The 21st-century American hemp revival is somewhat reminiscent of Colonial times. In the 1700s, according to historical records, leaders in North Carolina and other English colonies in North America encouraged farmers to grow hemp. They aimed to generate income with exports.
In 1766, North Carolina’s legislature voted to open a hemp-inspection warehouse in Campbellton, one of the two towns that later merged and became Fayetteville. A journal of the legislative session says the lawmakers also renewed for four years a bounty paid to hemp farmers.
More than two centuries later, North Carolina and the United States were importing all of their hemp products. After encouraging hemp production during World War II to supply the military with rope and other materials, the government effectively banned hemp farming in 1970. The last known American commercial crop was reported to have been grown in Wisconsin in 1957, according to The Denver Post newspaper.
In early 2014, Congress and the president approved a law to allow experimental hemp farming in states that conduct agricultural research. North Carolina’s lawmakers voted nearly unanimously in late September to join this effort. The legislation, which emerged with little warning or opportunity for vetting or public comment in the final days of the 2015 lawmaking session, creates the opportunity “to study the growth, cultivation, or marketing of industrial hemp.”
Including North Carolina, 27 states are pursuing hemp production, says the Vote Hemp Inc. advocacy group.
That’s great news for people such Brenda Harris, who operates the The Apple Crate Natural Market health food stores in Fayetteville and Hope Mills. The hemp seed, hemp-based protein powders and hemp-based soaps, lotions and oils on her shelves are imported from Canada and overseas.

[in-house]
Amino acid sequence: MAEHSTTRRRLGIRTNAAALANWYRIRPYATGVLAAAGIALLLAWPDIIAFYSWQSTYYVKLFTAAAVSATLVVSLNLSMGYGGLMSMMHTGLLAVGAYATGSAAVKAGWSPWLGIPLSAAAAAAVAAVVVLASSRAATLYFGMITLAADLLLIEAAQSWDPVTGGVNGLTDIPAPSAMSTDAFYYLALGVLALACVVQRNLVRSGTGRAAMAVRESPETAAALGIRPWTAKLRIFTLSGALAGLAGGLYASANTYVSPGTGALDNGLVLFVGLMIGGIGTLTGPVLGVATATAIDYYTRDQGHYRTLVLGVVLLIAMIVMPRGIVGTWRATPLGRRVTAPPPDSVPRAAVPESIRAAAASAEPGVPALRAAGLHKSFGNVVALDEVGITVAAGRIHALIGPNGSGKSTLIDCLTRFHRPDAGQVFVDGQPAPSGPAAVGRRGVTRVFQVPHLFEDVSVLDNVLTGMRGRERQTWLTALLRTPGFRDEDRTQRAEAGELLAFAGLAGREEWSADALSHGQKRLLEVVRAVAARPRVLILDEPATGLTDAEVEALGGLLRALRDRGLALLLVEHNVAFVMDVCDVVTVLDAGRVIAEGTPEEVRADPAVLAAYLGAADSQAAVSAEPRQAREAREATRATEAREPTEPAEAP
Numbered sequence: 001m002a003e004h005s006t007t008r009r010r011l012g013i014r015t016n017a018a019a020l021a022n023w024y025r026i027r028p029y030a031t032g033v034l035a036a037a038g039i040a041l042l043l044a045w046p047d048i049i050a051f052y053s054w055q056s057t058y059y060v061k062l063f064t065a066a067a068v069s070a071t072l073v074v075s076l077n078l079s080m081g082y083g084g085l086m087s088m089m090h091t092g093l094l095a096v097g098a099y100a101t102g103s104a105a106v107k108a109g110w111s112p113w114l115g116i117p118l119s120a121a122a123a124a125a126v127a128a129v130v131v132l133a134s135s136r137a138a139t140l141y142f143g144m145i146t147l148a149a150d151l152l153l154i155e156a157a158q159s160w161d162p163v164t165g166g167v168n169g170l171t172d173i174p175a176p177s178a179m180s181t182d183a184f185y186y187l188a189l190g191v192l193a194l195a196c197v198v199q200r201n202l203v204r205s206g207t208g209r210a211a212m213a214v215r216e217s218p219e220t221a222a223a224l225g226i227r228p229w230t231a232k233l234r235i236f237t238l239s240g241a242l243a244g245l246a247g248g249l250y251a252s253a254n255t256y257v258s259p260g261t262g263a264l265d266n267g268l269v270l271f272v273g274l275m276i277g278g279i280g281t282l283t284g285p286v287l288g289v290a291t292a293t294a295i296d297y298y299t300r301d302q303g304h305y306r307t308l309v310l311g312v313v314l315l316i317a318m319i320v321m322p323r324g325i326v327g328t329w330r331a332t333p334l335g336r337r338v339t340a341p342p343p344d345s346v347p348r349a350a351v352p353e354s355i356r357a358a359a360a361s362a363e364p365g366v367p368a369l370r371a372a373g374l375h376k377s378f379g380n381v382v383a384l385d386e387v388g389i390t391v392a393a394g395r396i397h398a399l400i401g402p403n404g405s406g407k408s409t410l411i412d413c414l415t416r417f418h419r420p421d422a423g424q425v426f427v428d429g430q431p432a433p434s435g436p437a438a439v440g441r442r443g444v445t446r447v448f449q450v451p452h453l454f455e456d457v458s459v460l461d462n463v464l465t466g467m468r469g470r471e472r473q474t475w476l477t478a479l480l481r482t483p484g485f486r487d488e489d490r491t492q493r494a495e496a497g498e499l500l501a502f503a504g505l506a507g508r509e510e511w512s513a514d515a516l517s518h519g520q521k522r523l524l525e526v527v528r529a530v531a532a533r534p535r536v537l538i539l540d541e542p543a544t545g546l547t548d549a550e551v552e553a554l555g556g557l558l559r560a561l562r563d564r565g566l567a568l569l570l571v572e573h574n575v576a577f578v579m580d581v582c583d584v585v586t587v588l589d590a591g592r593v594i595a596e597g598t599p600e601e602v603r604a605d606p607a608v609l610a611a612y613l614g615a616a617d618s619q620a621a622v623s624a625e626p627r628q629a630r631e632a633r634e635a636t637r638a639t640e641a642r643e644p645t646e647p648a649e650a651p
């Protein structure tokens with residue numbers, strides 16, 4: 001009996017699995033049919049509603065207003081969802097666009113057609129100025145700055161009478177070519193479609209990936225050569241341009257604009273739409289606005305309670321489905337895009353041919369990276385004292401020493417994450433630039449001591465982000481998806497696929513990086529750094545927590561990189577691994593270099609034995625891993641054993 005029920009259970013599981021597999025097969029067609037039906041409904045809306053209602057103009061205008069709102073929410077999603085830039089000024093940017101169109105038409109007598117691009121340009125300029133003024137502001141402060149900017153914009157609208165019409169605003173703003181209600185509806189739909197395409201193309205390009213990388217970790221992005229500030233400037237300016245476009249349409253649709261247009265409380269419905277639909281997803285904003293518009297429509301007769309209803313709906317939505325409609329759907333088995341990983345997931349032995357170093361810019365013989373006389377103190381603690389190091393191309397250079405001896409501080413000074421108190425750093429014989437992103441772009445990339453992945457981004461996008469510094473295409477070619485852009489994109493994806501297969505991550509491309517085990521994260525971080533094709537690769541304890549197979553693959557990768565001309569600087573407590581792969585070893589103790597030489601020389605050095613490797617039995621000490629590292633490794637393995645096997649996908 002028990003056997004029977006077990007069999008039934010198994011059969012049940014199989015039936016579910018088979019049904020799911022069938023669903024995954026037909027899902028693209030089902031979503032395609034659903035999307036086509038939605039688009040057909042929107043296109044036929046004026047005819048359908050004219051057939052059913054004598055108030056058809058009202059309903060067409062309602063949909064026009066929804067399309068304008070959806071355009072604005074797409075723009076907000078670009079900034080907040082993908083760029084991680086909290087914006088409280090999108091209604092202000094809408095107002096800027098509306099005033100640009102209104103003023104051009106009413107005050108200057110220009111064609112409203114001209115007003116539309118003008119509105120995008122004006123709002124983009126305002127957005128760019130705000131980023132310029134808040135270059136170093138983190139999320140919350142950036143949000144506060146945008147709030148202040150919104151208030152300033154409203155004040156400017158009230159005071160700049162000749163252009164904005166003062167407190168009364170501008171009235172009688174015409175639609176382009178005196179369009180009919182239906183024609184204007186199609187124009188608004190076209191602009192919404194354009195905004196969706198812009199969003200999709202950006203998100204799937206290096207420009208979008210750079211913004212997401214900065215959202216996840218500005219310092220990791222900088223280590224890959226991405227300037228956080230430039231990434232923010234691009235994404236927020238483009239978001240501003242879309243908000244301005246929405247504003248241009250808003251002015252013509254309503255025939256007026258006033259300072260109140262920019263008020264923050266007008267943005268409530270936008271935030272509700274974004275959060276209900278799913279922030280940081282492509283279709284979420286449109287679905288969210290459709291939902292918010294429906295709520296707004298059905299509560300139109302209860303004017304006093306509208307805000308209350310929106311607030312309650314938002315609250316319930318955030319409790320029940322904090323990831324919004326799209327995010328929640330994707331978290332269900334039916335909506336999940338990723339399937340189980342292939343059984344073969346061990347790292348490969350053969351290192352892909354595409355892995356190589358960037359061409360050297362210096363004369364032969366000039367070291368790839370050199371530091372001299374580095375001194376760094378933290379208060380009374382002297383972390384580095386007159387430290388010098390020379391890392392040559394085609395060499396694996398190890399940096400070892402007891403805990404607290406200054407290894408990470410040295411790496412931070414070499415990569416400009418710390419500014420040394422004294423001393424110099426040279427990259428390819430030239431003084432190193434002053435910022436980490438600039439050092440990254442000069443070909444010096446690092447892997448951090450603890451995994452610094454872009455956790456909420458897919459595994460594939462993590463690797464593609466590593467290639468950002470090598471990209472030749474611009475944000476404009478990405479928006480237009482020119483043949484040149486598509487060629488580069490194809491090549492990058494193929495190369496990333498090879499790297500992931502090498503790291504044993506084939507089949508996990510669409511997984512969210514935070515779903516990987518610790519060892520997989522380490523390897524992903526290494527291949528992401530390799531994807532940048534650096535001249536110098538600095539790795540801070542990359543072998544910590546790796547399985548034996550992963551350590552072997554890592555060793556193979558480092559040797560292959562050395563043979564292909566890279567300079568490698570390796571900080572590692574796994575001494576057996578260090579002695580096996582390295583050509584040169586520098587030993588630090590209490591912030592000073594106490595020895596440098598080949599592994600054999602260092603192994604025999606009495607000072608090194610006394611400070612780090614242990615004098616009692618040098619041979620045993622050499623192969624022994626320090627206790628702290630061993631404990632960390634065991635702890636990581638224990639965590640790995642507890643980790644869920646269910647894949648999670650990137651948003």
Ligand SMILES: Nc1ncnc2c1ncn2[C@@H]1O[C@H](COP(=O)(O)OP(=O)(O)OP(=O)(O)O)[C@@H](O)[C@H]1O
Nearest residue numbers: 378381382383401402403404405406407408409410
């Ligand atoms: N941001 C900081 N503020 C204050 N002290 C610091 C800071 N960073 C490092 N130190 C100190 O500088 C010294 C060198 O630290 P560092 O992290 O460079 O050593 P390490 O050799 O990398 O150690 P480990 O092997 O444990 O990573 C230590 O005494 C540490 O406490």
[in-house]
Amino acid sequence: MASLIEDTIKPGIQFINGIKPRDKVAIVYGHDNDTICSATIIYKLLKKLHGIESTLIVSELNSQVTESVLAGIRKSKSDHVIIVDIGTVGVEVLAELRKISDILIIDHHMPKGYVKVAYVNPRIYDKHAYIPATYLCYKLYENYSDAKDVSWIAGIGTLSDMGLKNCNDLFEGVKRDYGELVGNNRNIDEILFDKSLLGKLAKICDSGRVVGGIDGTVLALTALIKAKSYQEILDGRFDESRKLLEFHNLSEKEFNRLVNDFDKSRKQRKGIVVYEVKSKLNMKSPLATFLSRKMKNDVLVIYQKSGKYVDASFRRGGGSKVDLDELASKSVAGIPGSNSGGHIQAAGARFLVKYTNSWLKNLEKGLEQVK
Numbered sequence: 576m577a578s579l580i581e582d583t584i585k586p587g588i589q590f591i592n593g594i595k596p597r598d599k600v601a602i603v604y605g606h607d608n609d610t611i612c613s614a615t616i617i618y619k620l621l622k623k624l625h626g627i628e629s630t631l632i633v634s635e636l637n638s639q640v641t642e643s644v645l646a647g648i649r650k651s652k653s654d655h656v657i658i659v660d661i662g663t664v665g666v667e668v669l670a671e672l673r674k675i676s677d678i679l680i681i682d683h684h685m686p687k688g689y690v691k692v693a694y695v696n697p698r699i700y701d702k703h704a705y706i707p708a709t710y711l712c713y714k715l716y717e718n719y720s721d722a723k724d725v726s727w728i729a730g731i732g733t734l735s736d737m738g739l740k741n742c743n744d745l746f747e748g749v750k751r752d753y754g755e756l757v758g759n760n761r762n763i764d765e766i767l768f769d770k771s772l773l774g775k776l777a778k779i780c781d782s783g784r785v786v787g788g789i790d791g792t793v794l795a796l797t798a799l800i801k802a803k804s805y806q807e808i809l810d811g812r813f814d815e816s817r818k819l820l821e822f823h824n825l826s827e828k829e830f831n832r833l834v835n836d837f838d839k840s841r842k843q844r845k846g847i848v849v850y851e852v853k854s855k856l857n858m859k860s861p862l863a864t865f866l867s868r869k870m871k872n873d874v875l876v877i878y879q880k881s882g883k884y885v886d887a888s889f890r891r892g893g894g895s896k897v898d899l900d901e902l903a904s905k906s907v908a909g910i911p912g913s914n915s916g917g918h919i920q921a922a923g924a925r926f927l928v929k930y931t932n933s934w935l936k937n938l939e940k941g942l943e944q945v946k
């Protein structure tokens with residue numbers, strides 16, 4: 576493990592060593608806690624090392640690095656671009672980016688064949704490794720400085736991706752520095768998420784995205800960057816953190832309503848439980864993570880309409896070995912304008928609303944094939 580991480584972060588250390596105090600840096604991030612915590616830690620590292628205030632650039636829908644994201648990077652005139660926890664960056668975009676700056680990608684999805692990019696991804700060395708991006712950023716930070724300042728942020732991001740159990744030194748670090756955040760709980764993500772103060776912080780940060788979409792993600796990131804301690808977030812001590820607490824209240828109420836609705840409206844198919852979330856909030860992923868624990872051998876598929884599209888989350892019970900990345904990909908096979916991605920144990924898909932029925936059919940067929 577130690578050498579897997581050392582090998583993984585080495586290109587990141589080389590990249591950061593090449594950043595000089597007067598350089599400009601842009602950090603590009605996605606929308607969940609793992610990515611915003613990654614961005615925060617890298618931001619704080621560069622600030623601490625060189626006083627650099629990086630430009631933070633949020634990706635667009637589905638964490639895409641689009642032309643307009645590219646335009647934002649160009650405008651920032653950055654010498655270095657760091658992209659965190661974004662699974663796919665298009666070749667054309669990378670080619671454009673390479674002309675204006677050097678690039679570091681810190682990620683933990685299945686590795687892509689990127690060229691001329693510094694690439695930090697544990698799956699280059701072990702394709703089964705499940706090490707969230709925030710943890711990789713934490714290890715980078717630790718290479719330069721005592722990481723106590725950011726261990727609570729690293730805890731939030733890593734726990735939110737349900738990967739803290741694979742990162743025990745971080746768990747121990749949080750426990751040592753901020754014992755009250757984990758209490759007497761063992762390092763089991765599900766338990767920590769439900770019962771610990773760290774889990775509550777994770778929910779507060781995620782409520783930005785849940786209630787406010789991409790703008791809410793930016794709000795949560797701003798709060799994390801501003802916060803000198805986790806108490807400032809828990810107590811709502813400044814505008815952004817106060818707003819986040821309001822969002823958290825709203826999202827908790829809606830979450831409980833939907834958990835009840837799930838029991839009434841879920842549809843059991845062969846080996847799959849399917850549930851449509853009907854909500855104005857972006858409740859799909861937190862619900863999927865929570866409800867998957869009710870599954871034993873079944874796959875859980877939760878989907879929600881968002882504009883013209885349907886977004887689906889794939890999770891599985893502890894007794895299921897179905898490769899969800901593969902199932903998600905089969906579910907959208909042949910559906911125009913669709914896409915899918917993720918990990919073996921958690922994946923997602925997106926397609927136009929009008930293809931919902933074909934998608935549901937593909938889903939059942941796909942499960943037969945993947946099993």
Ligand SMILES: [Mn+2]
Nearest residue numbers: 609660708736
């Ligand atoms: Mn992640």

Hemp seed is high in protein, Harris said, and in essential fatty acids that people need for good health.
Cannabidiol, also known as CBD oil, is reported to reduce nausea, suppress seizures, help with cancer, tumors, anxiety and depression and other health problems, says the Leaf Science website. But it notes that most of the studies that made these findings were with animals, not people.
In addition, hemp can be used in a number of fiber-based products.
“I’d love to know my dollars were supporting a North Carolina farmer,” Harris said.
“It will definitely mean the product will be more competitively priced,” she said. “And it’s not a terribly expensive product to start with, but still I feel like with bringing that closer to home, it’ll be more sustainable, there’ll be less shipping involved, there’ll be less mark-up involved. That’s usually the way the chain works.”
Organic farmer Lee Edwards of Kinston, about 90 minutes east of Fayetteville, could become one of Harris’ North Carolina suppliers.
Edwards plans to become part of North Carolina’s hemp pilot project and get a crop into the ground in mid-2016. He thinks hemp will make more money than the corn, wheat, soybeans and cereal grains he grows now.
“It’s a lower input cost and a higher profit per acre crop,” Edwards said. He estimated hemp could net him $1,250 per acre after expenses versus the $400 at most “on a real good year” from traditional grains. And he hopes that he can get two hemp crops a year.
Las Vegas-based Hemp Inc. opened a processing plant last year in Spring Hope, between Raleigh and Rocky Mount. It has been extracting fiber from kenaf, which is similar to hemp (and never was banned), and plans to process hemp as it becomes legal and available in the U.S.
The decortication plant extracts fibers that can be used in paper, clothing and other fiber-based products, even car parts and building materials, according to the Hemp Inc. website.
Back in Fayetteville, researcher Shirley Chao and her students at Fayetteville State University might be able to get North Carolina-grown hemp seed for their research into a hemp-derived insecticide. Until now, they have been buying imported seed.
Over the past several years, Chao and her students discovered that chemicals in hemp have a variety of detrimental effects on roaches, carpenter ants and grain-eating beetles.
“We found that it’s very effective in controlling reproduction,” Chao said. “And when they feed on it, they don’t develop normally. And so they, most of them, either die or have these deformations that you can see. And then if they do survive, they don’t reproduce normally.”